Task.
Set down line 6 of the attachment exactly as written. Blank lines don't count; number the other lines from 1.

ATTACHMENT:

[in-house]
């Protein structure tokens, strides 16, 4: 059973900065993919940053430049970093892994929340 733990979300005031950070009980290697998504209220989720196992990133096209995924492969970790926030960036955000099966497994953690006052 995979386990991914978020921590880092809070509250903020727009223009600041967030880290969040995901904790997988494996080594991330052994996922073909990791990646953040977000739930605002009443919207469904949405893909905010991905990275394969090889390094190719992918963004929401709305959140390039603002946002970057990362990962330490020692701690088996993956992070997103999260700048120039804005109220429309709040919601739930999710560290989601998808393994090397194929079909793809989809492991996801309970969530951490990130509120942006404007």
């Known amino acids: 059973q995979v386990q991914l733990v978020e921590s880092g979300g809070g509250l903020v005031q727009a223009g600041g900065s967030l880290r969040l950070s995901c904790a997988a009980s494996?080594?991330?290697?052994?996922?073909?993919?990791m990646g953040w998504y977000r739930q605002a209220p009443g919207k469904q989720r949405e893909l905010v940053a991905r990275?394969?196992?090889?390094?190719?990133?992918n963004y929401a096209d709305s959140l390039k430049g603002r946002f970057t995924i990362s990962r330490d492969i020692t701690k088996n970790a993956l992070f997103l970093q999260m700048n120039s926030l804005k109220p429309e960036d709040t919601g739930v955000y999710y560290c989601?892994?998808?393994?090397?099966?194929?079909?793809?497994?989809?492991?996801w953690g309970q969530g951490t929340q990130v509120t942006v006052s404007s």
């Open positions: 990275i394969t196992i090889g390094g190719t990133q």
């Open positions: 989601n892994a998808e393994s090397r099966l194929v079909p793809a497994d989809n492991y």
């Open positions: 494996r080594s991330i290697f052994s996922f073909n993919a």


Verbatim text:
């Open positions: 494996r080594s991330i290697f052994s996922f073909n993919a």